Solar power for your house no matter where you live

Oregon Dept. of Transportation / CC-BY

Oregon Dept. of Transportation / CC-BY

The problem

Many of us here at Pajarito Conservation Alliance are interested in solar power for our homes but can’t install panels on our own property, for reasons including insufficient roof space, too much shade, or being renters. You may have the same problem.

A solution

One solution is something called a community solar garden. The idea is simple: instead of buying or leasing solar panels on your own property, you buy or lease them somewhere else. This brings other benefits as well, such as economy of scale and avoiding possibly-major electrical upgrades on your house.

You can help, but you must act by January 8!

Los Alamos is a great place for this approach. We have tons of sunlight and lots of public buildings to host panels.

Opportunity is knocking! The Board of Public Utilities is hosting a survey on the county’s Open Forum to gauge public interest in a solar garden. Please take the survey to tell the BPU you want more solar power in Los Alamos. The survey closes at 11:59pm on January 8, so do it now.


You may run into this problem:

Open Forum thinks your cookies taste bad. Try more frosting?

Open Forum thinks your cookies taste bad. Try more frosting?


This is related to something called third party cookies.

Web cookies are little blobs of data given to your browser by a website. In turn, the browser sends back to the website with each request it makes. Normally, cookies are sent only to the website that in the URL bar and are used to implement things like logins (think Gmail) and shopping carts (think Amazon). This is first party cookies.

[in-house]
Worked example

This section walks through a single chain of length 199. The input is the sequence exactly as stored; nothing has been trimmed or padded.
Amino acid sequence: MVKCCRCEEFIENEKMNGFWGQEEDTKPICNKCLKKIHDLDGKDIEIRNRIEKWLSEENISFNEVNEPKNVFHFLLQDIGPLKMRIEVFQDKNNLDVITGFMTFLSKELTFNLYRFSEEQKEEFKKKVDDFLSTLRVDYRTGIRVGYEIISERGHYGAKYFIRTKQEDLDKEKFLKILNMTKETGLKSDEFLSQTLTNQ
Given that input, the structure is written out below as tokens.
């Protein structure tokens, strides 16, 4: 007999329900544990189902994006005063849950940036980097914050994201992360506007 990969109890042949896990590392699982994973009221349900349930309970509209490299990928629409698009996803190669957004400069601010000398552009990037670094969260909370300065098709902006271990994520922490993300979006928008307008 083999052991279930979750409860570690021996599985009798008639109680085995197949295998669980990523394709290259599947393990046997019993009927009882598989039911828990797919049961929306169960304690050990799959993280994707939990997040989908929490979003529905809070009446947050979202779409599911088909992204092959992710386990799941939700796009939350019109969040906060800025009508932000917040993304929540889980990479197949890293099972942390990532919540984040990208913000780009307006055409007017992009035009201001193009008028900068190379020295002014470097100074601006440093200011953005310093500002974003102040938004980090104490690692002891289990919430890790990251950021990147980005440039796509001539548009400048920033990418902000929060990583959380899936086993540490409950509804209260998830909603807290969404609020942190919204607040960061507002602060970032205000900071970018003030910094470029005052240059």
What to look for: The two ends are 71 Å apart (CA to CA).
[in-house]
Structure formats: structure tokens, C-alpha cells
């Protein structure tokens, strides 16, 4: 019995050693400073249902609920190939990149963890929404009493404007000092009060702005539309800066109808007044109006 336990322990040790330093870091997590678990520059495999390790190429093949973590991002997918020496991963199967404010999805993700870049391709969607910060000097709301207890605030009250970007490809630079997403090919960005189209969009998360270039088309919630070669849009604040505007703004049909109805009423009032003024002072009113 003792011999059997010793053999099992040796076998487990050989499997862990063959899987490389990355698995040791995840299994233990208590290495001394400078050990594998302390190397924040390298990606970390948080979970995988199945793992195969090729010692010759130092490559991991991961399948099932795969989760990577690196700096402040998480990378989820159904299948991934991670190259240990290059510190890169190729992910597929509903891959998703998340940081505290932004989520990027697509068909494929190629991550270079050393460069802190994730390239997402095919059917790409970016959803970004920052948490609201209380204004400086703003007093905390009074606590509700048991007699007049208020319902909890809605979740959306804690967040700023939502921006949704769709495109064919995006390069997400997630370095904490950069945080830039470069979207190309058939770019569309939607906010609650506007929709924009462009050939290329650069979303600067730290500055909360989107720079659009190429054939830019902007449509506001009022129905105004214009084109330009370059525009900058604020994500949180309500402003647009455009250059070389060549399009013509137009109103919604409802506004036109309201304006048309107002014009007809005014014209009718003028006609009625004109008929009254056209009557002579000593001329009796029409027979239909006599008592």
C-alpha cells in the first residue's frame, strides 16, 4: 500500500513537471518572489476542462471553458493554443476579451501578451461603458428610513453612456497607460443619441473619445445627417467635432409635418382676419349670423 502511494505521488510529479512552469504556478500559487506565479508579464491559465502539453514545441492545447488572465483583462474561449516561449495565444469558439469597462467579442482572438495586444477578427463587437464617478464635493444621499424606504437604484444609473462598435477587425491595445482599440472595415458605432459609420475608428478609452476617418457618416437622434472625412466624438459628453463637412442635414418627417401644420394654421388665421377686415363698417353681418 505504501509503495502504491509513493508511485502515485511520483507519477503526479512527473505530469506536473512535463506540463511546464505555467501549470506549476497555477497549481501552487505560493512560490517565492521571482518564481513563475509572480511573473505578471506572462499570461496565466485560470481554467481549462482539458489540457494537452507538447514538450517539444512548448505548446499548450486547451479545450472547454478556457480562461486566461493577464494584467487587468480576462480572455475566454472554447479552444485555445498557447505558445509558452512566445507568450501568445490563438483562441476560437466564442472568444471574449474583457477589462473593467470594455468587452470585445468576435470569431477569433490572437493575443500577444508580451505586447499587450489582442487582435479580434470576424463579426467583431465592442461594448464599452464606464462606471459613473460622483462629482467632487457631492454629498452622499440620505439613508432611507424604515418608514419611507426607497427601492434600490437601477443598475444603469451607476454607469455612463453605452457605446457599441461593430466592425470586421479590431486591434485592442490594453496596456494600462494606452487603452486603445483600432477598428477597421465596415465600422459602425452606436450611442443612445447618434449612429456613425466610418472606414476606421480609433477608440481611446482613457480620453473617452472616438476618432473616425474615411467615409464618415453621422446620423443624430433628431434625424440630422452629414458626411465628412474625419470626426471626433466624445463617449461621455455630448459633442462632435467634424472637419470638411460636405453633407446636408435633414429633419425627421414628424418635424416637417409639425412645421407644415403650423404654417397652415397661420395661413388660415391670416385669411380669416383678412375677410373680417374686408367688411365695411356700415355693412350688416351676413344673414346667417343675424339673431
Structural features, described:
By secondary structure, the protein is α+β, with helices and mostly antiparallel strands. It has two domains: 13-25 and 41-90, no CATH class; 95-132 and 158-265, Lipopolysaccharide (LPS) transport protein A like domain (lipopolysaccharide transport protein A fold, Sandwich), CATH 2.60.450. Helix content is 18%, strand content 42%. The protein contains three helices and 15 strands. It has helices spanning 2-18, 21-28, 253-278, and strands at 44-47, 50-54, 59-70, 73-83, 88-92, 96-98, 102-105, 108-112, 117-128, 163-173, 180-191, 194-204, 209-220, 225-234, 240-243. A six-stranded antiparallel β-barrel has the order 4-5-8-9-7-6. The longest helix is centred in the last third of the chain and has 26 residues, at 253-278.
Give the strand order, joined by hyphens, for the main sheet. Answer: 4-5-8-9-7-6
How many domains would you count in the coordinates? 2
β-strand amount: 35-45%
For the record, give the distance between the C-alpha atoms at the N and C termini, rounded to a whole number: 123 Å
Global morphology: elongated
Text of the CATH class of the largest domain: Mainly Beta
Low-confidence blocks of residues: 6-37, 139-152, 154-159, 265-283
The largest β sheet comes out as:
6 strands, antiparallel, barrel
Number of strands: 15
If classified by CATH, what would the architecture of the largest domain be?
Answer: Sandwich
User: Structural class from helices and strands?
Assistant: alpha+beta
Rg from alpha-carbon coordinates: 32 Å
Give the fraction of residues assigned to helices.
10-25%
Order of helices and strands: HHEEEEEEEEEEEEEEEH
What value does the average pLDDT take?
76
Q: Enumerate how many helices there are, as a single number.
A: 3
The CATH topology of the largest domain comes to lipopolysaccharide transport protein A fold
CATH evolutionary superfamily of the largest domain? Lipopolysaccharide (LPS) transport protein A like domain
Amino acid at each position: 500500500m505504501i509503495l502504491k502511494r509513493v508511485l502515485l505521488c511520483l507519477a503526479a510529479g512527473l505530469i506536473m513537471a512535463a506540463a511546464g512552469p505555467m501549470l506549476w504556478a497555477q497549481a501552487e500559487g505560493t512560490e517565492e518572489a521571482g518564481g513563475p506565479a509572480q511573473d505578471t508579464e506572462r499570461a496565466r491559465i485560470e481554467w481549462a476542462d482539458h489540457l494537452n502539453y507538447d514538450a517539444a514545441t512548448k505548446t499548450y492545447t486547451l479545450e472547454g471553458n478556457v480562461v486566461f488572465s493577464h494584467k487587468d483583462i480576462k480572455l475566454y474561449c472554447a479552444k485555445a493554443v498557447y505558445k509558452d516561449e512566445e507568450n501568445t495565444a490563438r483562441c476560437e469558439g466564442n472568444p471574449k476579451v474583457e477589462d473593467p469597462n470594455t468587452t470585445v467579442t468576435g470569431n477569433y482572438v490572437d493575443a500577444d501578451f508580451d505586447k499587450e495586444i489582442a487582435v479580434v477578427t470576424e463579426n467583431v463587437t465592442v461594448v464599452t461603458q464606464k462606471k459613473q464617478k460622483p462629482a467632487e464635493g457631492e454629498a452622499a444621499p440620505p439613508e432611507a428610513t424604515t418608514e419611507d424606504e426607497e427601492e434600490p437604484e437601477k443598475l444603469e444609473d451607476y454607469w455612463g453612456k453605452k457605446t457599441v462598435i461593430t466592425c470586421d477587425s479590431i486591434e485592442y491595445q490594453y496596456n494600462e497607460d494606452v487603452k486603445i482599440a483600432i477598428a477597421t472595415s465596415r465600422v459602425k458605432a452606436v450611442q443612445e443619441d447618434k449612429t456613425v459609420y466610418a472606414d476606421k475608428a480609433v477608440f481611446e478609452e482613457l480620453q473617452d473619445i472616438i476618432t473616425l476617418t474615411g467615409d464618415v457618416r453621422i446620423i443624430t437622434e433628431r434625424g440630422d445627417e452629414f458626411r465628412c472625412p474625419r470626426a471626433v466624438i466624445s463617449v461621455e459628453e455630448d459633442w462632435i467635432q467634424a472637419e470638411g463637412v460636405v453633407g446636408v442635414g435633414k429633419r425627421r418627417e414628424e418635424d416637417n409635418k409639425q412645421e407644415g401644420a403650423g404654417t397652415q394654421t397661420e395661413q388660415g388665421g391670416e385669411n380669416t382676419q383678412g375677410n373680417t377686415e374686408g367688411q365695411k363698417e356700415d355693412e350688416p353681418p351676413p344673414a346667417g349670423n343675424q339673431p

Third party cookies go to websites other than the one in the URL bar. They are used to implement less savory things like ubiquitous social media widgets and advertising that tracks you everywhere. They also can be sometimes used to steal private information. They are something your sleazy uncle would use, and for this reason the browser trend is to disable third party cookies by default. (Hopefully you don’t actually have a sleazy uncle.)

The reason Open Forum requires them is a branding decision. The county wants to use resources while showing a URL in the browser bar. There are other solutions that do not require third party cookies, but the county has chosen not to use them. (We’ve complained but didn’t get anywhere.)

So what’s the point?

  1. It is safe to enable third party cookies for the county Open Forum.
  2. Please do it so you can answer the survey. If the linked instructions don’t work for you, try searching for “enable third party cookies” and the name of your browser.
  3. You might want to re-disable them when you’re done.